If you haven’t yet visited the Gordon Highlanders Museum in Aberdeen, could I suggest you put it in your diaries as soon as possible? We had always intended to spend a morning there, but had never had enough time to do it justice. We put that right this week. It was wonderful. We can’t praise it highly enough.
You don’t need a family connection with the Gordon Highlanders or even an obsession with militaria to make the most of this gem among Scottish museums.
It celebrates the 200-year history of the Gordon Highlanders, the regiment of the British Army most closely associated with North-east Scotland, and still fondly remembered in this area despite being amalgamated out of existence, beginning 20 years ago.
Far from being a static, glass-case collection of battle honours, this museum really works at presenting the story of some of the bravest soldiers Britain has produced, and doing it in a way that is accessible to children without being condescending to adults or demeaning the memories of the men who served and the many who died.
Even if you have no interest in military history, you need only an interest in the history of North-east Scotland to find the museum rewarding.
We had gone to see if records existed of Mrs Harper’s great-uncle Alex, an Aberdonian in the 6th Bn, who was barely 18 when he was killed on July 22, 1918. We were not hopeful.
Then the volunteers stepped in, a smartly dressed group of men in blazers whose job it is to guide and inform. They took up the challenge quietly, and while the two of us sat down to a fine soup-and-sandwich combo in the cafe, which was astonishingly cheap for the quality of food we were served, they began their researches.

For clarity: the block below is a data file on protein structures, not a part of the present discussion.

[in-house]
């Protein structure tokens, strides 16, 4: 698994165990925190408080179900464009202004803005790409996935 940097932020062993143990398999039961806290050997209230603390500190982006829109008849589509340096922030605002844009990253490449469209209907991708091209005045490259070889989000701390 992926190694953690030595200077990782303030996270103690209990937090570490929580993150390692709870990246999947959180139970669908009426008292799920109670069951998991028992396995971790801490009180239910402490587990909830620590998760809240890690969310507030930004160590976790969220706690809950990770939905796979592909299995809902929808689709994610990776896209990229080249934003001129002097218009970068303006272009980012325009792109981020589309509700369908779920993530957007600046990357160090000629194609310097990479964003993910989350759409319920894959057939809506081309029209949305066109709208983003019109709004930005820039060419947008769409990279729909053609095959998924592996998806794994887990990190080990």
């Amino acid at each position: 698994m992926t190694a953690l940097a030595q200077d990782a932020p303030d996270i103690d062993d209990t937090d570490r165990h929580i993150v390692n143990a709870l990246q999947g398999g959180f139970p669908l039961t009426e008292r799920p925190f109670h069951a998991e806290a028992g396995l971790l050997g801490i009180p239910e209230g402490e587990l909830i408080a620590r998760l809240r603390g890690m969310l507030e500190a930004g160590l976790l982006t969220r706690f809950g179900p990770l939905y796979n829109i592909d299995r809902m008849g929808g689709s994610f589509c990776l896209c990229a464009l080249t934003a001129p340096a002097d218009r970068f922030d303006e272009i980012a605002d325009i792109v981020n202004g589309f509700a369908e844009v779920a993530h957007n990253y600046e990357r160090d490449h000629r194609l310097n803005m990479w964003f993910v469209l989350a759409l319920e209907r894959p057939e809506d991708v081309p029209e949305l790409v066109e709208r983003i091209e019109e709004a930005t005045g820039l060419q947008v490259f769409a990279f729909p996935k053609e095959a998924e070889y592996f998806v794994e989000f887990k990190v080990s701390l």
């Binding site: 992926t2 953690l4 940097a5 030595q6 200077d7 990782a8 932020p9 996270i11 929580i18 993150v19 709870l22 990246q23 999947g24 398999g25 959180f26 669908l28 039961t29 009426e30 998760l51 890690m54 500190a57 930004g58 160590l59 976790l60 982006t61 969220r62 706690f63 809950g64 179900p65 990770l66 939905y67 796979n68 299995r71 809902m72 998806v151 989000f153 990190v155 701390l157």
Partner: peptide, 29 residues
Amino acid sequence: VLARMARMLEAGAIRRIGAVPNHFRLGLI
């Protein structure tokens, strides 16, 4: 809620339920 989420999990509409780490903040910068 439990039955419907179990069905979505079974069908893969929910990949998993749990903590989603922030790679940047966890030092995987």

Within 30 minutes, guide Mike Taylor was at our table with a selection of photocopies of maps of the battle in which Alex was killed, a list of his posthumous medals, the date and location of his death, the details of the advance in which he was killed, how he had been killed (trying to rescue a fallen comrade from No Man’s Land), and his service number.
We were more than happy to make a donation to the museum for filling in so many blanks in our knowledge of this brave young man’s military career and death. We need only to find his grave, if it exists, and we will be contacting the Commonwealth War Graves Commission next week.
The Gordon Highlanders Museum is the best kind of tourist attraction: presenting compelling history in a low-key manner, suffused with pride, and anxious that as many of us as possible know the contribution that the Gordon Highlanders made to the story of North-east Scotland and their men’s contribution to world peace.
The museum is open every Tuesday to Saturday, February to November.